NVIDIA 510.06 WSL driver released: Kepler GPU support dropped

NVIDIA's new 510.06 WSL driver drops Kepler GPU support, but has next-gen compiler for the next-gen Ada Lovelace GPU architecture.

4 minutes & 42 seconds read time

NVIDIA has officially killed support for its Kepler GPU architecture with its 500 series drivers, after confirming the news a few months ago -- it's now official with the new NVIDIA 510.06 WSL driver.

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The new NVIDIA 510.06 WSL (Windows Subsystem for Linux) driver has been released to Windows 11 users through the Microsoft Insiders Program, with the 894MB download having no changes to both the installer, or the control center.

Maxwell and Pascal GPUs are still supported with the GeForce GTX 900 series and GeForce GTX 10 series GPUs, but the Kepler GPUs under the GeForce GTX 700 series are gone. VideoCardz notes that there are no changes to the control panel, which is really disappointing -- but I'm hoping things change between now, and the final release of the 500 series driver.

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Maybe NVIDIA is waiting for Ada Lovelace to do a full revamp of their installer, but more so the control panel. Seriously, NVIDIA needs to leap generations ahead to keep up with AMD and their far superior feature set in the Radeon Adrenalin drivers and control panel.

Inside of the new drivers are runtime compilers named nvcompilernext64.dll / nvcompilernext32.dll. We don't know what this is for, but it could be used for the next-gen Ada Lovelace GPU architecture. I'm sure we'll see more, hear more, and read more on NVIDIA's next-gen Ada Lovelace GPU in the coming months.

According to the latest rumors, the new GeForce RTX 4090 would pack a huge 18432 CUDA cores, consume upwards of 450W of power, and be twice as fast as the GA102 -- making it twice as fast as the GeForce RTX 3090.

More NVIDIA Ada Lovelace + Hopper GPU content:

The bigger note here is that NVIDIA will be using Micron's new GDDR6X memory that is clocked at a huge 24Gbps, up from the 19.5Gbps on the RTX 3090. The new AD102 GPU would have a 384-bit memory bus, so we should expect 1152GB/sec of memory bandwidth -- an increase of 23% over the 19.5Gbps on the GDDR6X memory used on the RTX 3090 (and its 936GB/sec of memory bandwidth).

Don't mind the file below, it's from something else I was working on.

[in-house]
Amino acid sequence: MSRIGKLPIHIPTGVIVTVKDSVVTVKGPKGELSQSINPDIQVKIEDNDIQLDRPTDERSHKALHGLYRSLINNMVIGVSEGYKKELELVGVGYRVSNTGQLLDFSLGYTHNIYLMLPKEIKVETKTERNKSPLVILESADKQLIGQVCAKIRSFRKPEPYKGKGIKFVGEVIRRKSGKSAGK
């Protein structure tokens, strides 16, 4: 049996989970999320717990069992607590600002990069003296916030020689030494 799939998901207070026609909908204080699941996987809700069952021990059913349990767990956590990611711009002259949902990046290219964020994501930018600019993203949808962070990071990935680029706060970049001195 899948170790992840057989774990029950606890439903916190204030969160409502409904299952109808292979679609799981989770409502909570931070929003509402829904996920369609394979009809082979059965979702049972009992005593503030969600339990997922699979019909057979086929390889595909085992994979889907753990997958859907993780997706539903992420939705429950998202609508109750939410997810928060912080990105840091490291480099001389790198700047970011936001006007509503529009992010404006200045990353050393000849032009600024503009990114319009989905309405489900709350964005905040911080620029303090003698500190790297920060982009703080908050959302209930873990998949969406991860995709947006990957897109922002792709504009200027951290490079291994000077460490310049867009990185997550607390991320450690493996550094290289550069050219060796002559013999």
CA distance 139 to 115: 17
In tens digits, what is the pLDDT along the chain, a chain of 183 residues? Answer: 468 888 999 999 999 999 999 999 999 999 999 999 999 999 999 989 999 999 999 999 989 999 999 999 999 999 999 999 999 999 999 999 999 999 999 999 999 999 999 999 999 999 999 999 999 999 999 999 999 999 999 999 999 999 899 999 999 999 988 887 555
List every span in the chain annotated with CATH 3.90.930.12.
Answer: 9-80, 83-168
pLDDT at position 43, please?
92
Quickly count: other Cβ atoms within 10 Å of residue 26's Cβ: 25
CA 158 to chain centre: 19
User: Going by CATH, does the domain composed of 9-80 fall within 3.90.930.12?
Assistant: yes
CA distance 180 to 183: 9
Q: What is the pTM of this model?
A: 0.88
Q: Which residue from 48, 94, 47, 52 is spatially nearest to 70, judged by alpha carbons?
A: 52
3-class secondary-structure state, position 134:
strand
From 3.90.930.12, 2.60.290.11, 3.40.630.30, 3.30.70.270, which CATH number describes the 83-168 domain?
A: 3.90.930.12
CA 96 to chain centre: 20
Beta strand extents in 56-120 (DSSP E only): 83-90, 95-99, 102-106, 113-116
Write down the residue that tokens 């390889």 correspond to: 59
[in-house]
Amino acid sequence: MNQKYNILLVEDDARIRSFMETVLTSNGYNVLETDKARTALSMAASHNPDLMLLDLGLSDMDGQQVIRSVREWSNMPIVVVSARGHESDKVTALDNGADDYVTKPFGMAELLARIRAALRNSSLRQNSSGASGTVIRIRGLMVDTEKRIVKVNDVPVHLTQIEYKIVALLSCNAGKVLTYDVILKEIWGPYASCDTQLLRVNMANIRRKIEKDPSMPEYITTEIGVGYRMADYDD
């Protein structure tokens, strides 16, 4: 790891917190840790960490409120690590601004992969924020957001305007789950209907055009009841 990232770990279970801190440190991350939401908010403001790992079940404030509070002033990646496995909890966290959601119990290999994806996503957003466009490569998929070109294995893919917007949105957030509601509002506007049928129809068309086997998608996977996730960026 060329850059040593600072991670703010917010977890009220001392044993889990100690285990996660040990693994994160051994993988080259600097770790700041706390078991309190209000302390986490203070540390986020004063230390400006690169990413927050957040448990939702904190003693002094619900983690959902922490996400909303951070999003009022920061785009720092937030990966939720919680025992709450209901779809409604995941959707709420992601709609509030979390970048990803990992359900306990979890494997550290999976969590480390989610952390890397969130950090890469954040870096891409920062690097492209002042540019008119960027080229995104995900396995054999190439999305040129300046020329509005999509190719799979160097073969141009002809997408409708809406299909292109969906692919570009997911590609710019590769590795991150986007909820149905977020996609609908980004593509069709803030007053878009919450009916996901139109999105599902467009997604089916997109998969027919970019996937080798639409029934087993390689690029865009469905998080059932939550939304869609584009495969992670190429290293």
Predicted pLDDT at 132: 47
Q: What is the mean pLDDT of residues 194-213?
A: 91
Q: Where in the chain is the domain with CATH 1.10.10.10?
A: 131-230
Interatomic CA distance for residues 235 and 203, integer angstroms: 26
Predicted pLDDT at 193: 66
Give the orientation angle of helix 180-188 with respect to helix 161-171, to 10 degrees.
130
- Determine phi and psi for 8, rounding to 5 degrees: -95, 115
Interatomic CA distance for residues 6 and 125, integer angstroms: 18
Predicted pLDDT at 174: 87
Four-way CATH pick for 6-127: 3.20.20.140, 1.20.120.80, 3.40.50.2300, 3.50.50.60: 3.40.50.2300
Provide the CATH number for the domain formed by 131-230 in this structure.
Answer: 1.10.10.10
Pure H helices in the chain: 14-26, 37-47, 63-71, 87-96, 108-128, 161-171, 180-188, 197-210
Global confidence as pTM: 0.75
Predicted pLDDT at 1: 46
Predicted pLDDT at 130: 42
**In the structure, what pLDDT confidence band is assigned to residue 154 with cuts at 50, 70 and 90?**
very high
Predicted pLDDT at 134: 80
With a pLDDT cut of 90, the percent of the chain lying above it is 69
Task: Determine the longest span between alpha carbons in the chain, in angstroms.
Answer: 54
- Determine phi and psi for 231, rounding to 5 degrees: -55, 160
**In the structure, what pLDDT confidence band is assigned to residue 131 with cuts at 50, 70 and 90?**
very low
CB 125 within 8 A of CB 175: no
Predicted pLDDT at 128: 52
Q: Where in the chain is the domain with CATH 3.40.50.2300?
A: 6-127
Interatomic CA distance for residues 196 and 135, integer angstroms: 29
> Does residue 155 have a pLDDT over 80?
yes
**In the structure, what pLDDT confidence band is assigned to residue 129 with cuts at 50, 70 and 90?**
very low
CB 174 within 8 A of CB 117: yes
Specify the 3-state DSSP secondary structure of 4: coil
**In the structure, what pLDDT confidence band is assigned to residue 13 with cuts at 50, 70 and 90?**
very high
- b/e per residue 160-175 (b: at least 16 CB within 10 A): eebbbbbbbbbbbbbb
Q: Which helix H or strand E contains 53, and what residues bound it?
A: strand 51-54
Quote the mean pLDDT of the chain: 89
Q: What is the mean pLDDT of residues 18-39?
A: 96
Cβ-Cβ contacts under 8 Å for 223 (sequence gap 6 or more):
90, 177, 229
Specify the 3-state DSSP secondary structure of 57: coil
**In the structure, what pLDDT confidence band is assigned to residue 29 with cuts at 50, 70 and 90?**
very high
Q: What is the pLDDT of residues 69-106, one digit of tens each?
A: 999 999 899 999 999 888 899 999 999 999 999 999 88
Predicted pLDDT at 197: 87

NVIDIA has finished the Ada Lovelace GPU project, which is why we're hearing so much about it right now -- with the next phase in Ada Lovelace being the final design and tape out. We won't see it in our hands until the end of 2022 -- with estimates of Q4 2022, while performance-wise we can expect a 100%+ improvement over the GeForce RTX 3080 Ti and GeForce RTX 3090.

This should ensure 4K 120FPS+ gaming in the very next-gen games with ray tracing, and I'm sure we're going to be introduced to next-gen black magik DLSS 3.0 technology with Ada Lovelace which will only make things better again.

A year away from now is a long time, so we should expect refreshed Ampere GPUs in the form of the GeForce RTX 30 SUPER series graphics cards in between now and Q4 2022.

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As for Micron's much-faster GDDR6X memory clocked at 24Gbps, that's something I reported on a year ago now, with Micron announcing that it would have 16Gb GDDR6X memory in 2021 that would be reaching 24Gbps. Micron explained in August 2020: "Micron's roadmap also highlights the potential for a 16Gb GDDR6X in 2021 with the ability to reach up to 24Gb/s. GDDR6X is powered by a revolutionary new PAM4 modulation technology for Ultra-Bandwidth Solutions. PAM4 has the potential to drive even more improvements in data rate".

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Anthony joined the TweakTown team in 2010 and has since reviewed 100s of graphics cards. Anthony is a long time PC enthusiast with a passion of hate for games built around consoles. FPS gaming since the pre-Quake days, where you were insulted if you used a mouse to aim, he has been addicted to gaming and hardware ever since. Working in IT retail for 10 years gave him great experience with custom-built PCs. His addiction to GPU tech is unwavering and has recently taken a keen interest in artificial intelligence (AI) hardware.

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